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The Rivals

3.63 of 5 stars 3.63  ·  rating details  ·  1,074 ratings  ·  36 reviews
This volume includes a critical introduction, biography of the author, discussions of dates and sources, textual details, a bibliography and information about the staging of the play.
ebook, 0 pages
Published January 1st 2006 by ReadHowYouWant (first published 1775)
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I think it was this reading of The Rivals at age seventeen that disabused me of the notion that people several centuries back were not as fond of being entertained as we are today. Prior to that, I think I had lumped all things from earlier times into some great, depressing lump, sure that since our predecessors lacked modern conveniences that they must have found life a dreary affair indeed.

Sheridan's sparkling wit and exuberant language made short work of that notion. I've also retained a lif
"He is the very Pineapple of Politeness!"
Clever. Funny. It's been too long since I've read satire. I enjoyed this one immensely.
Lydia Languish, a Romantically minded heiress, is in love with Ensign Beverly, who actually doesn't exist. Beverly is the persona chosen by Captain Jack Absolute (yes, the name is dreamy, and he carries a sword and everything) to court Miss Languish. He wants to test her love. Will she give up her fortune to marry him?
The plan goes sideways when Absolute's father arri
The Rivals was a surprisingly difficult play to read. I think it might be Sheridan's use of language that has me checking and rechecking myself, but I can't say that that is a bad thing in this case. This comedy deals with a man who is courting a woman under a false guise; his father arranges a marriage for him, but with the exact same girl, but only under his real name, not the guise. Confusion and hilarity ensues!

Maybe this play is just a little dated in a way, but is that really bad? I don't
Dec 12, 2012 Bt rated it 5 of 5 stars  ·  review of another edition
Recommends it for: If you like light romantic comedies and/or Restoration (1700s) theater
Recommended to Bt by: Actor's Studio II (12th grade class)
Ok, ok, I admit it. I'm cheating. I didn't actually read this book; I watched a movie of it (this one: But if listening to the audiobook would count for reviewing it, why wouldn't watching it?

So, here's my review:

I loved this play! I read or watched quite a few for a theater class this year, and I think this was my favorite. It's funny, and the humor's not too dated either; I think many modern theater-goers would get a good laugh.

The female lead, Lydia
Simon Mcleish
Originally published on my blog here in June 1999.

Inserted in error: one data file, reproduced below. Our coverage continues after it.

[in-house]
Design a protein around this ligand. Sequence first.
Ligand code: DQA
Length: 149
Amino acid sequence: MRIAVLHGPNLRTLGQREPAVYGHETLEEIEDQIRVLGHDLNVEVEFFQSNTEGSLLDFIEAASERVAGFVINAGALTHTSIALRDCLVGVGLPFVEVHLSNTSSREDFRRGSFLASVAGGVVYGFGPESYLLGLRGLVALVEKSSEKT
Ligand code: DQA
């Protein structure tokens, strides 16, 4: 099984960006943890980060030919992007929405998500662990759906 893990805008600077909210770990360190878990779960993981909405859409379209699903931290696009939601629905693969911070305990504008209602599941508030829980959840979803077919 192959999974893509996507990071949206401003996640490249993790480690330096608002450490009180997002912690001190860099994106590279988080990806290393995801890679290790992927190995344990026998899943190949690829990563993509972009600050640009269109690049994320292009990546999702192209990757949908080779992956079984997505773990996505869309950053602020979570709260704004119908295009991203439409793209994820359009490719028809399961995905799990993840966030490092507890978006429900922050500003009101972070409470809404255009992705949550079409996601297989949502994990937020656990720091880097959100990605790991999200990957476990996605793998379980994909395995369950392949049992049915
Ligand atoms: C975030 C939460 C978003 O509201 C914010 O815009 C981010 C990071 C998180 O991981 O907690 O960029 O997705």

Sheridan's play is a classic of English language theatre, and the characters have even entered the language (malapropism is derived from Mrs Malaprop, continually trying to impress with long words but using the wrong ones). It is, in form, a parody of a conventional romance, having two pairs of young lovers rather different from the norm.

To take the less important pair first, Faulkland is an exaggeration of the sensitive, jealous lover. His girl,
Jonathan Dauermann
For a play written almost 200 years after Shakespeare's comedies, it's telling that this play feels much more dated. A marriage comedy that requires multiple characters to take the most convoluted, illogical paths to getting what they want, the plot's contrivances grow tiring after the first two acts. However, this is a distressingly common sin in most romantic comedies through history, where a playwright can seemingly only offer comic situations that arise out of a steadfast refusal on the part ...more
Loren Harway
Nov 07, 2007 Loren Harway rated it 3 of 5 stars  ·  review of another edition
Recommends it for: 17th C. enthusiasts
This review has been hidden because it contains spoilers. To view it, click here.
Sheridan's plays use conventions of the melodrama to move his plots along, and I can't help but be entertained by them all. The entanglements of Lydia Languish and Capt. Jack Absolute, as well as the other supporting cast of ridiculous characters, play on language, mistaken/hidden identity, and miscarried letters only to peak with a climactic series of duel challenges (one of them leveled at a fictionalized suitor).

I still am chewing on this one, since there is a VERY stage Irishman in this play
he Rivals is Sheridan's first play. It is a comedic play set in 18th century Bath and was written in 1877 . I enjoyed reading this novel but i do not see the need to ever read it again.

It pokes fun at romance ideals through the portrayal of Lydia and Jack's love affair and is also satirical with the observations made about the people at Bath (and their irrational love for violence). The character i liked the most is Mrs Malaprop; she is a pompous upper class woman who makes many mistakes in her